Arguing with her is like trying to chisel stone with a piece of cooked spaghetti. Right or wrong, she never breaks. Pity is an intolerable offense she corrects with one crack of her whip-like tongue. She never cries, never surrenders, and never turns her back on a friend.
If you haven’t heard, my debut novel, Out of Ashes, will be out August 4th 2020. Here is a look at my main character.
Cathryn Banks has mastered the art of hiding in plain sight by leveraging her thin frame to slip beneath people’s scrutiny. A “human encyclopedia,” Cathryn collects historical quotes the way a small boy collects baseball cards. When her teachers ask her a direct question, she fiddles with the end of her dust-colored ponytail and whispers the correct answer. At first glance, Cathryn Banks does not seem “heroic” enough to be a heroine, but first glances aren’t known for their accuracy.
When faced with an impossible choice, Cathryn does not hesitate to make sacrifices for those she loves. As her world darkens, she perseveres one day, one step, one breath at a time. Cathryn Banks may not seem heroic, but her quiet strength defies first glances.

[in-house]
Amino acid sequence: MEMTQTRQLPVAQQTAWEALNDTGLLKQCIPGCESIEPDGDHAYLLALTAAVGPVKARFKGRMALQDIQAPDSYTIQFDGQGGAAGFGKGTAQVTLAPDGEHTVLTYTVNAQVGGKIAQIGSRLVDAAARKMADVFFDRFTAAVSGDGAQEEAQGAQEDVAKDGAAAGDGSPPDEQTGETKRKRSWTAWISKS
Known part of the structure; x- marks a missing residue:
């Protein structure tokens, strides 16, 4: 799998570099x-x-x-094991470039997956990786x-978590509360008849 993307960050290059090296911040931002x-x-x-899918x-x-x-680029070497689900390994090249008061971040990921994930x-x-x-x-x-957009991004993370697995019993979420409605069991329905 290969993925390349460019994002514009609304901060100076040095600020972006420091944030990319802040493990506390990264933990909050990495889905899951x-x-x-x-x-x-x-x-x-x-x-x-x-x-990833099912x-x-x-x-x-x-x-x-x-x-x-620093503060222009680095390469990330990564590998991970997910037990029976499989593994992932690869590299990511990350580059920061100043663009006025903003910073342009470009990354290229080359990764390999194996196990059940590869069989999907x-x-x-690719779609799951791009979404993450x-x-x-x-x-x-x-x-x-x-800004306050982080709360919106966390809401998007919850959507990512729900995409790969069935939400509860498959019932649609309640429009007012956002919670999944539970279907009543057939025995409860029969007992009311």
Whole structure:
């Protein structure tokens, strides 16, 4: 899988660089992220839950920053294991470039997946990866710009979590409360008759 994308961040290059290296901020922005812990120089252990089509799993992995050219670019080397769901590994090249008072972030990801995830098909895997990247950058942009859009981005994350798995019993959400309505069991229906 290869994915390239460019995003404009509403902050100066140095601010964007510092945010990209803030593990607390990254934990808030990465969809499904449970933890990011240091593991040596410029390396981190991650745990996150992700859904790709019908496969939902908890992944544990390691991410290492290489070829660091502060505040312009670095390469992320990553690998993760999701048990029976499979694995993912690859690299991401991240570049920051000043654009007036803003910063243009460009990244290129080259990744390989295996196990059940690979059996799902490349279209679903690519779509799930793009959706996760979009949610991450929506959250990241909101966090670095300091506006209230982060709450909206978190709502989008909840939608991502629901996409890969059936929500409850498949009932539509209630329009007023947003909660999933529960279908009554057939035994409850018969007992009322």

This book ought to be required reading. It’s short, fast-paced, and thought provoking without being accusatory. The contrast between the girls’ perspectives make for an engaging read. Fans of The Hate U Give will love it.
I’m Not Dying with You Tonight by Kimberly Jones and Gilly Segal
This book is especially relevant given what has been going on in the US and around the world these past couple months. I first heard about it during an online writers’ conference and was bummed that my library didn’t have a paperback copy. Lucky for me, they had the ebook. This was a quick read—perfect for squeezing between other duties.
“Over the course of one night, two girls with two very different backgrounds must rely on each other to get through the violent race riot that has enveloped their city.
Lena has her killer style, her awesome boyfriend, and a plan. She knows she’s going to make it big. Campbell, on the other hand, is just trying to keep her head down and get through the year at her new school.
When both girls attend the Friday-night football game, what neither expects is for everything to descend into sudden mass chaos. Chaos born from violence and hate. Chaos that unexpectedly throws them together.
They aren’t friends. They hardly understand the other’s point of view. But none of that matters when the city is up in flames, and they only have each other to rely on if they’re going to survive the night.”
Lena has a big mouth and a bigger attitude. She’s fashionable, opinionated, and not even a riot can stand between her and her goals. Campbell is quiet, grieving the loss of her old life—friends, track team, living with her mom—and struggling to adapt to her new reality.